Blop Culture: Can piracy save literature? A bestselling author says yes – Brazilian author, Paulo Coelho, is a “firm supporter of piracy”, writes Raphael Tsavkko Garcia.

The Atlantic: Doublethink Is Stronger Than Orwell Imagined – George Packer ponders what 1984 means today.

Melville House: BBC Books drops transphobic author from Doctor Who anthology – BBC Books dropped author Gareth Roberts from a forthcoming anthology of writings about Dr. Who after learning he posted transphobic Tweets.

The New York Times: Remembering Tin House, a Literary Haven for ‘Brilliant Weirdos’ – “The magazine, which will publish its final issue this month after 20 years, set out to become a home for underrepresented voices in the literary landscape.”

Fine Books & Collections: Summer 2019 Books about Books Roundup – Rebecca Rego Barry with five recently published books about books.

Lapham’s Quarterly: Turn the Leaves and Use Them Well – Hannah Field discusses the “joys of experiencing Victorian children’s books as physical objects.”

Mashable UK: Welcome to ‘Deep Bookstagram,’ where dark, book-based comedy thrives – Heather Dockray illuminates “Deep Bookstagram,” where “only the bravest” enter.

The Wolfson Literary Prize: ‘Reckonings: Legacies of Nazi Persecution and the Quest for Justice’ – Mary Fulbrook has won the 2019 Wolfson Literary Prize with a work that moves through the generations to trace the legacy of Nazi persecution in post-war Germany.

Literary Hub: On the Fine Art of Researching For Fiction – Jake Wolff on “how to write beyond the borders of your experience”.

Independent: Disease, dependence and death: The dark reality behind Jane Austen’s pearlescent prose – “In the first of her new monthly book columns, Ceri Radford explores the shadows between the lines of [Austen’s] work”.

The Millions: Stop Hating on Adjectives! – Lita Kurth speaks up for the adjective.

The Irish Times: Oscar Wilde’s talk inspired his rise and led to his downfall – Wilde was “a compelling conversationalist but it sometimes got him in trouble”, writes Matthew Sturgis.

Interesting Literature: 11 of the Funniest Quotes about Books – “Wise, witty, and, above all, true one-liners about books, from writers, critics, and other notable people down the ages.”

Bustle: 40 New Thrillers Out This Summer That Make The Perfect Vacation Reads – Kristian Wilson with “40 new summer thrillers”.

NPR: Checking Facts In Nonfiction – How fact checking works for non-fiction.

The Atlantic: The Adults Who Treat Reading Like Homework – “No one’s making them try to read 100 books a year”, says Julie Beck.

The Paris Review: The Soviet Tolstoy’s Forgotten Novel – “Vasily Grossman’s Life and Fate has been hailed as a twentieth-century War and Peace.”

The Curious Reader: 10 Books By Indian Authors To Look Forward To In June 2019 – “From thought-provoking non-fiction to hard-hitting novels, June has something for everyone.”

London Review of Books: Overcoming Gutenberg – Erica Eisen on the Samizdat collection in London.

Publishers Weekly: How Has the Internet Changed Book Culture? – A discussion with some of the internet’s most influential young books personalities.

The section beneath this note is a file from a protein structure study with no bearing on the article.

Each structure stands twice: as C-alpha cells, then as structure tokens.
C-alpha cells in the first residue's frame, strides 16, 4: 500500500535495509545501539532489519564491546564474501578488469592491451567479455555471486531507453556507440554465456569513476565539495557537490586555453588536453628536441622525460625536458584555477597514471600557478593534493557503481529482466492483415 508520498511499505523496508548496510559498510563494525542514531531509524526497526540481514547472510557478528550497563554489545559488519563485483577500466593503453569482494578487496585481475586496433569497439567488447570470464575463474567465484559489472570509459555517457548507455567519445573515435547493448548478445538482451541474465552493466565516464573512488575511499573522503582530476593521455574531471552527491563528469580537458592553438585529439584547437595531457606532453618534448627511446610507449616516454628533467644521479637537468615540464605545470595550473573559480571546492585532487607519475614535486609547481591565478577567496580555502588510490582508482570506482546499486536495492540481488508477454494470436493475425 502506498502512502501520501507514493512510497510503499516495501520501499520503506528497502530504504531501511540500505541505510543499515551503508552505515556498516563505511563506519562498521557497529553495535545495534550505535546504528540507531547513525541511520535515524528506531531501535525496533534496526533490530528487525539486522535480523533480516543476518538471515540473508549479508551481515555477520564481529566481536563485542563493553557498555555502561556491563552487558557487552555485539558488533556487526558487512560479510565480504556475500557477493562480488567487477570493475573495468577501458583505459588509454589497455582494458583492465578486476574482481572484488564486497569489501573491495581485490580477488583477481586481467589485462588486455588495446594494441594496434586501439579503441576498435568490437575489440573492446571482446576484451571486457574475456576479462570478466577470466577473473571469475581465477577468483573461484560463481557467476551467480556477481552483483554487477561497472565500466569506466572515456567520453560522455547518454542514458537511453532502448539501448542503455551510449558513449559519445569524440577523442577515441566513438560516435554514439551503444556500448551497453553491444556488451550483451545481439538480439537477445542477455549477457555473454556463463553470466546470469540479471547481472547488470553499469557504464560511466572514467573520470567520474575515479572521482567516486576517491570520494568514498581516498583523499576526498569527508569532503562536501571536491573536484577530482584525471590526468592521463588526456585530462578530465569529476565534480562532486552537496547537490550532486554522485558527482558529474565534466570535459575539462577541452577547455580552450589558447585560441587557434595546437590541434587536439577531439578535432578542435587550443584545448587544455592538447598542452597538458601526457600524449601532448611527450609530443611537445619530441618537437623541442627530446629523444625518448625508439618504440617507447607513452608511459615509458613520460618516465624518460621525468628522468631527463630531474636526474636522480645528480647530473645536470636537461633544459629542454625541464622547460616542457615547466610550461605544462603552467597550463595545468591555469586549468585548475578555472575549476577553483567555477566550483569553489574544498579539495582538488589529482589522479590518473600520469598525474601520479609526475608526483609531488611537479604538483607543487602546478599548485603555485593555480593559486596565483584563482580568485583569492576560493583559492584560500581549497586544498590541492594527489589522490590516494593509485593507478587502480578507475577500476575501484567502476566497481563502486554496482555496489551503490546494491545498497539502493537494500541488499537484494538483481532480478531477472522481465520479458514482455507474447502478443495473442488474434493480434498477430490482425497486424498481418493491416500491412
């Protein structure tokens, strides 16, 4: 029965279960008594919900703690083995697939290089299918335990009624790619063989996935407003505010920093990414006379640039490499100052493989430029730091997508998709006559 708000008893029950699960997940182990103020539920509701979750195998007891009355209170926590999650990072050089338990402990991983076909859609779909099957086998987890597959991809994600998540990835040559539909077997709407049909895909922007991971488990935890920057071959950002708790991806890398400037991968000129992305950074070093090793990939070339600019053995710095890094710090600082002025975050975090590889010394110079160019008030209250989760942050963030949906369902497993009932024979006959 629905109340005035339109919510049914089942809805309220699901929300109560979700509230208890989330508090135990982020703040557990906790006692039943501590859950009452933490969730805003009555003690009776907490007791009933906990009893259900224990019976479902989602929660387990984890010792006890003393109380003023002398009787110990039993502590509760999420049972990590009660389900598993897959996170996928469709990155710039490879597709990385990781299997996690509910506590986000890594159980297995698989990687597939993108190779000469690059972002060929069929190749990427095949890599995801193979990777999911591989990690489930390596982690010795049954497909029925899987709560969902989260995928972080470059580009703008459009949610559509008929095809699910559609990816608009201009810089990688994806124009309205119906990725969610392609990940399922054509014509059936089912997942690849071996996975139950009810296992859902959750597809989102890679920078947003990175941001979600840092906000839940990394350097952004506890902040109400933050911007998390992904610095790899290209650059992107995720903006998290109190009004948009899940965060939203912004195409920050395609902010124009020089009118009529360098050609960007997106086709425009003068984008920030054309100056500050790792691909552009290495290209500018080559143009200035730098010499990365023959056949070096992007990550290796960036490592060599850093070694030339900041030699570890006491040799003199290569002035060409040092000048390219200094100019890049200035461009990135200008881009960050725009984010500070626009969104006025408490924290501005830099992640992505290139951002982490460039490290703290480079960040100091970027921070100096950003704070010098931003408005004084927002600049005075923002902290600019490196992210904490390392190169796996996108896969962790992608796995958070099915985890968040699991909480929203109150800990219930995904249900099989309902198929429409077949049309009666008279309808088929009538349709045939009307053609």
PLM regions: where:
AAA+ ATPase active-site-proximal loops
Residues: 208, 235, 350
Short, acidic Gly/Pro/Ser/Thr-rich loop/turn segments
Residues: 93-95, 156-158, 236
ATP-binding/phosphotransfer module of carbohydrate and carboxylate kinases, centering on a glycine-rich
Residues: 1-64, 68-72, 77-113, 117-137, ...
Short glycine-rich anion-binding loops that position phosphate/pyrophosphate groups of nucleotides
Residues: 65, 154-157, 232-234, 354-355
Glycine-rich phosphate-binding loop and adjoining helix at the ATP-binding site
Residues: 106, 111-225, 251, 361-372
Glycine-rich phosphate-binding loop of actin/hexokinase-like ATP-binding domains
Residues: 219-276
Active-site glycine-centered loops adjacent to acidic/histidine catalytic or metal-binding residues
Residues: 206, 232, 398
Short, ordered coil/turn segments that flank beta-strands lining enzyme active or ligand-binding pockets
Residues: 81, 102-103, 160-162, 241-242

Alma: ‘Sophie’s Choice’ is the Perfect Summer Read. Hear Me Out. – Emma Copley Eisenberg thinks Sophie’s Choice is the perfect summer read.

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FINALLY >>

If there is something you would particularly like to see on Winding Up the Week or if you have any suggestions, questions or comments for Book Jotter in general, please drop me a line or comment below. I would be delighted to hear from you.

Thank you for taking the time to read this post. I wish you a week bountiful in books and rich in reading.

NB In this feature, ‘winding up’ refers to the act of concluding something and should not be confused with the British expression: ‘wind-up’ – an age-old pastime of ‘winding-up’ friends and family by teasing or playing pranks on them. If you would like to know more about this expression, there’s an excellent description on Urban Dictionary.



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14 replies

  1. Beautiful post, Paula! Thank you so much for the mention!

    Liked by 1 person

  2. Great post.
    Thanks a lot for the memtion, I love that it’s another opportunity to bring up Romain Gary.

    Liked by 1 person

  3. As always, a great round up of links, now, I just have to go surf them all. 😀

    Like

  4. Great selection once again. The Von Humboldt books sounds good. I read Measuring the World about him and Gauss which I loved and want to read Wulf’s The Invention of Nature as well. I’m guessing The Adventures are a version of that book.

    Liked by 1 person

  5. I took a look at that post about calculating the length of time it takes to read a book. One thing it didn’t take account of was that reading speeds differ depending on whether you are reading paper or on line. I find I read faster on line but don’t retain the info as well

    Liked by 1 person

  6. Thank you for the mention!

    Liked by 1 person

  7. An interesting selection, Paula.

    Like

  8. I Who Have Never Known Men is such a gripping story. It’s lovely to see it getting a little more attention, now that The Handmaid’s Tale is centre stage and drawing attention to other writers who find the theme of concern/interest.

    Like